Are you hearing the Jaws theme in your head? I am. And now you are, too. :)

Critique groups: best thing ever for writers? Or soul-crushing pits of despair?

Here are my 6 secrets for spotting a top-notch critique group — or assembling your own.

Connect with other writers and get the feedback you need to finish your book, publish it, and write the next one.

Everything you need to know from Yours Truly is right here on author Patricia Stoltey’s blog:

Click here: http://patriciastolteybooks.com/2016/01/6-secrets-of-successful-critique-groups-by-laurence-macnaughton/

Categories: For Writers | Tags: , , , , , , , | Leave a comment

The Short, Sad Saga of Mississippi Jones

Don't eat me!

Scary. Freakin’. Fish. That is all. Move along.

Some names stick with us.

Bridget Jones, Holden Caulfield, Nero Wolfe — these names are all indelibly stamped into our literary consciousness.

Those names are evocative. Memorable. Unique.

Some writers are incredibly good at coming up with names.

I am not one of them.

Continue reading

Categories: For Writers, how to write a book, how to write a novel, Uncategorized, writing, writing a book, writing a novel | Tags: , , , , , , , , | Leave a comment

BookGoodies.com: Do you listen (or talk to) to your characters?

Do you talk to your characters?

Cure for writer’s block: nude finger puppets.

I once got to hear Orson Scott Card talk about his writing method. He went on at great length about how the voices of his characters talked to him.

The voices told him to do this, he said, the voices told him to do that.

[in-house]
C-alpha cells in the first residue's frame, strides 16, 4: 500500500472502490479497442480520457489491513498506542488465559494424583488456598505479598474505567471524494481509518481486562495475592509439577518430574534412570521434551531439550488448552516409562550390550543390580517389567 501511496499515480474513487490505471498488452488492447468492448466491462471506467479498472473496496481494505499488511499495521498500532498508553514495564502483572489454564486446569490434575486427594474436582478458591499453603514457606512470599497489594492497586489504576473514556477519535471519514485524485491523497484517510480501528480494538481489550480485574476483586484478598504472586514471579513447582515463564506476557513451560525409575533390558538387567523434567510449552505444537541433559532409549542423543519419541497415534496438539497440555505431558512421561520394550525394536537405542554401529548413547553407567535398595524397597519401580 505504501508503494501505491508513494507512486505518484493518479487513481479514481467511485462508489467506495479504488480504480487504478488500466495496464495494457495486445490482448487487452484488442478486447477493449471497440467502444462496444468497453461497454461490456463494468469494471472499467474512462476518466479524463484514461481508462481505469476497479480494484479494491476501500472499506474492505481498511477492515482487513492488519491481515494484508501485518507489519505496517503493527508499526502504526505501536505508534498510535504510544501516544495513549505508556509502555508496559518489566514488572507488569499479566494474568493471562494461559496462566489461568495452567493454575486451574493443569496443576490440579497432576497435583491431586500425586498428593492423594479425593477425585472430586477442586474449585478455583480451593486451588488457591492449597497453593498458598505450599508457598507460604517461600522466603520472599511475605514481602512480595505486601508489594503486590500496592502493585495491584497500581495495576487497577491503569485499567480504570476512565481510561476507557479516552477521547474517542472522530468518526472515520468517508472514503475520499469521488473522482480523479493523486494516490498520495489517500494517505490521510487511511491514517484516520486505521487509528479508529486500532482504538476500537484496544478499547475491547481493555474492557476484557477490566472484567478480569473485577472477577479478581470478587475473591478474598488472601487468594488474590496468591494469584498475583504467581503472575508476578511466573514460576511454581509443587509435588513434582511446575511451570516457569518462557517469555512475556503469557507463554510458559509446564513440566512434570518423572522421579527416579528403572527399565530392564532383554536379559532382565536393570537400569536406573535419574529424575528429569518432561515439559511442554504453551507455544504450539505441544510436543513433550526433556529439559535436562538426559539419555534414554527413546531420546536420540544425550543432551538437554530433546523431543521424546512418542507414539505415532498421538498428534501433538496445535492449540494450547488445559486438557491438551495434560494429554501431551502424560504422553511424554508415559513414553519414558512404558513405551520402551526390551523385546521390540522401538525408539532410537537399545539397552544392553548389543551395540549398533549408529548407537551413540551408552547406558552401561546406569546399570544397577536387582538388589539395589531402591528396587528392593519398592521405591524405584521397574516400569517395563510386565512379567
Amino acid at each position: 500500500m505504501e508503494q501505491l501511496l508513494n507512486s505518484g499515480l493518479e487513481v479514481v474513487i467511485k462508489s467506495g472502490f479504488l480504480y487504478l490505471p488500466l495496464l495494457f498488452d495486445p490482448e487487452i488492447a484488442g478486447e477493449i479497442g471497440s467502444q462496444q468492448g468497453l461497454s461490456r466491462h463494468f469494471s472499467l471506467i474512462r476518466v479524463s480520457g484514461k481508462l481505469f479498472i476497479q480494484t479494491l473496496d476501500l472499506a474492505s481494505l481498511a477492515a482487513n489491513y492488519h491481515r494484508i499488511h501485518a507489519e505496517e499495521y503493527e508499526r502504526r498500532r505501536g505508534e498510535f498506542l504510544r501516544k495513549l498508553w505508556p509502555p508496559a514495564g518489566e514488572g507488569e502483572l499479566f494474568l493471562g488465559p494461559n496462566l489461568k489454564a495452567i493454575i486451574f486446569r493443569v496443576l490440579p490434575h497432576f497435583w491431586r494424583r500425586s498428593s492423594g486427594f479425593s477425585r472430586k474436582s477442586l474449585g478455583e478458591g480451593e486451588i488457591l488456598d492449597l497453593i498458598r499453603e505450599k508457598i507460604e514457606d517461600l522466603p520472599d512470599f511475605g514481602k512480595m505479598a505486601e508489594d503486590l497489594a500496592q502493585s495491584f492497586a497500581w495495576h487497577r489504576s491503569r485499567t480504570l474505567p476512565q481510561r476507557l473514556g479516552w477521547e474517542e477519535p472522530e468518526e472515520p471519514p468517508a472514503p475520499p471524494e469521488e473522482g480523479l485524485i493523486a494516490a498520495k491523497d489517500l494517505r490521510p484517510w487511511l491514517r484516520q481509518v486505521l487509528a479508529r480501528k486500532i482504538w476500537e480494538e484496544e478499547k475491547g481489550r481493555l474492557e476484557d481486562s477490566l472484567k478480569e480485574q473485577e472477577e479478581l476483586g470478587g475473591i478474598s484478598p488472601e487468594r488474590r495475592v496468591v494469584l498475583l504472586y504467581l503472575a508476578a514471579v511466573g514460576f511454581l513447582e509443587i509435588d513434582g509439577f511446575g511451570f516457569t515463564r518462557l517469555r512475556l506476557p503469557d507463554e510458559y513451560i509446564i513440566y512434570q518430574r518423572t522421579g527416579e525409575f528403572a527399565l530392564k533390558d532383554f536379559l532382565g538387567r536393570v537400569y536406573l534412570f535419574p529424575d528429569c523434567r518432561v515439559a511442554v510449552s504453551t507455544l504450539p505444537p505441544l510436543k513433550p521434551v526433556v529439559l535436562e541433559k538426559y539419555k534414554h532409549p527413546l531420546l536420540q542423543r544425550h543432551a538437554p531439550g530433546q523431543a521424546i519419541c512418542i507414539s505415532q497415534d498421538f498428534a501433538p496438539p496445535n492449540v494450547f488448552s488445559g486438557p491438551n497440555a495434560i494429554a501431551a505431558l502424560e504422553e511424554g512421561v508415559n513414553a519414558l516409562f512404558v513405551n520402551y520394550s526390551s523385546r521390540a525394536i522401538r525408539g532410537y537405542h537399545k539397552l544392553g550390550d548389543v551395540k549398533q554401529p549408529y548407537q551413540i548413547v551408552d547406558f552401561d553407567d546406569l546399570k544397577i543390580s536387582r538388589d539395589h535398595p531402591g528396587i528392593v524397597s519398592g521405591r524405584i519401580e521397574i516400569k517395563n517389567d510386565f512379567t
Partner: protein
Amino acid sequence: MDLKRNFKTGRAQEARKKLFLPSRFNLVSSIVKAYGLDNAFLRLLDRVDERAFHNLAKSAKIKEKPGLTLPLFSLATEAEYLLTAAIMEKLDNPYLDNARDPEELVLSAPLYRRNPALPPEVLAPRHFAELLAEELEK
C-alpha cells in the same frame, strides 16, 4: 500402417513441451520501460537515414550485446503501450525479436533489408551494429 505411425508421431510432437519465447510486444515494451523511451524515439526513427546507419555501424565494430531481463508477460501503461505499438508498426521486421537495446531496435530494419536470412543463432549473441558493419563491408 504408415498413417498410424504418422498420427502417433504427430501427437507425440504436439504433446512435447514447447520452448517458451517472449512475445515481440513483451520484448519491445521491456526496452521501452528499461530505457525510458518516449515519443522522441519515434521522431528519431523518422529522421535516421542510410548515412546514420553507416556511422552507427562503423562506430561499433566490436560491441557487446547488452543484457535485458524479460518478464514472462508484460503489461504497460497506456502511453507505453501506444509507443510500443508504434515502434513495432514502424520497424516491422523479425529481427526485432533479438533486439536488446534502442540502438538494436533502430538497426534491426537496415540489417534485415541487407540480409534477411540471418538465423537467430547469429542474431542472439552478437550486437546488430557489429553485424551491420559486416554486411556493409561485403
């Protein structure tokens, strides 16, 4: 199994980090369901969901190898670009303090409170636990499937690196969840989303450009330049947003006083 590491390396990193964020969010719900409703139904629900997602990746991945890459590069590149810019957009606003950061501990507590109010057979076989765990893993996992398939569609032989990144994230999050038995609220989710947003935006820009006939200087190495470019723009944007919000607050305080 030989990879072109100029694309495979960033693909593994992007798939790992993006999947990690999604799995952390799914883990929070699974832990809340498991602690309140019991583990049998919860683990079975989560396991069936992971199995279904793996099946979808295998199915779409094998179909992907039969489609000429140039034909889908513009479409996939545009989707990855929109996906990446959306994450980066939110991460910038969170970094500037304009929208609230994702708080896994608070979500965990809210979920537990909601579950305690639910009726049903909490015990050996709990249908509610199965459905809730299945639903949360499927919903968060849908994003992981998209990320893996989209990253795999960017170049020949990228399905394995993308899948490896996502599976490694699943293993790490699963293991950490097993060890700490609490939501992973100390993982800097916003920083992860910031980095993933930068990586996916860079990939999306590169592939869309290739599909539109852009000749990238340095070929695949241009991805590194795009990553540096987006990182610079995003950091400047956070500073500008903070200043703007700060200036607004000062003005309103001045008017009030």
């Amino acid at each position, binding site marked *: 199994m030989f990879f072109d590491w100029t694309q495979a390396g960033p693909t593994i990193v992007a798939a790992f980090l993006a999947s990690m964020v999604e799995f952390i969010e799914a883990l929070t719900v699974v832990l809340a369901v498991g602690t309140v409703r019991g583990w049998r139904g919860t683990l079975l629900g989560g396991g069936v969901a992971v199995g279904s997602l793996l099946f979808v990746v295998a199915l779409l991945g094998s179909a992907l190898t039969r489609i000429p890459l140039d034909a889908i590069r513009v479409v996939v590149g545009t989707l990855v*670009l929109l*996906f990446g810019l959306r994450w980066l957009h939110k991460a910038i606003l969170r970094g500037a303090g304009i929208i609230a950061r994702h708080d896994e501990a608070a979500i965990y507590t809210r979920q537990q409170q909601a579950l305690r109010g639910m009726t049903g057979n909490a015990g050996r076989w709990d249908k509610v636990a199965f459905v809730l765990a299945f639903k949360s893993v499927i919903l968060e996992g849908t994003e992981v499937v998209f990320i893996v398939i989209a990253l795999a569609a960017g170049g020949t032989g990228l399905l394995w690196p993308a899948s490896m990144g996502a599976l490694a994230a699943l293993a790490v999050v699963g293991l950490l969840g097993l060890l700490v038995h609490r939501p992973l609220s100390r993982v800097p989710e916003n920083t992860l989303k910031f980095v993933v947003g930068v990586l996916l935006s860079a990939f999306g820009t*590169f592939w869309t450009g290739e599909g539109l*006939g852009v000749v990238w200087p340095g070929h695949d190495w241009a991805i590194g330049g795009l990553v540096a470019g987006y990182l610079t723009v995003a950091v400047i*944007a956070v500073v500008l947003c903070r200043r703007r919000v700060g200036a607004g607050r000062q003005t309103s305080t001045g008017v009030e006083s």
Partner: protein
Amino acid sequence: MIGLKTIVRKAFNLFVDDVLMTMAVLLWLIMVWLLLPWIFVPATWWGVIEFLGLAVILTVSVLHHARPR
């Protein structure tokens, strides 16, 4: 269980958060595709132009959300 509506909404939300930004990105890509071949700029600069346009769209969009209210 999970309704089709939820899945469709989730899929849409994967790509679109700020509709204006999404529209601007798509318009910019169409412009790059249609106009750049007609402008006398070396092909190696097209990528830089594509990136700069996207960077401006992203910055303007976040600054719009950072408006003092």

As he droned on endlessly, a friend leaned over to me and said in a stage whisper:

“My voices are telling me to kill!”

The audience cracked up. Orson Scott Card was not amused.

But the thing is . . . that really is how it works. You hear the characters in your head, the same way you can hear the voices of your parents or your friends.

You know what they would say in a certain situation. And when you’re writing a book, you can turn that into the story.

Read the rest of the interview on BookGoodies.com >

Plus, you can sign up for free cool stuff when you join my author newsletter. >

Categories: book business, writing a novel | Tags: , , , , , | Leave a comment

Help Fight Diabetes and Win a Critique!

That’s right, folks.  You already know you can write a novel — and now’s your chance to prove it.  Thanks to the heroic efforts of Brenda Novak and her elite team of auction experts, you have a chance to help a great cause AND win a personal manuscript critique from Yours Truly. 

And of course, there are plenty of other great prizes to be won, too!  Especially in the section conspicuously called Kristin Nelson Literary Agency Presents.  Who could pass up a 30-page read from veteran agent Kristin Nelson?  Or a 30-page evaluation from literary agent Sara Megibow?  These are top-notch opportunities, my friend.  Don’t miss out!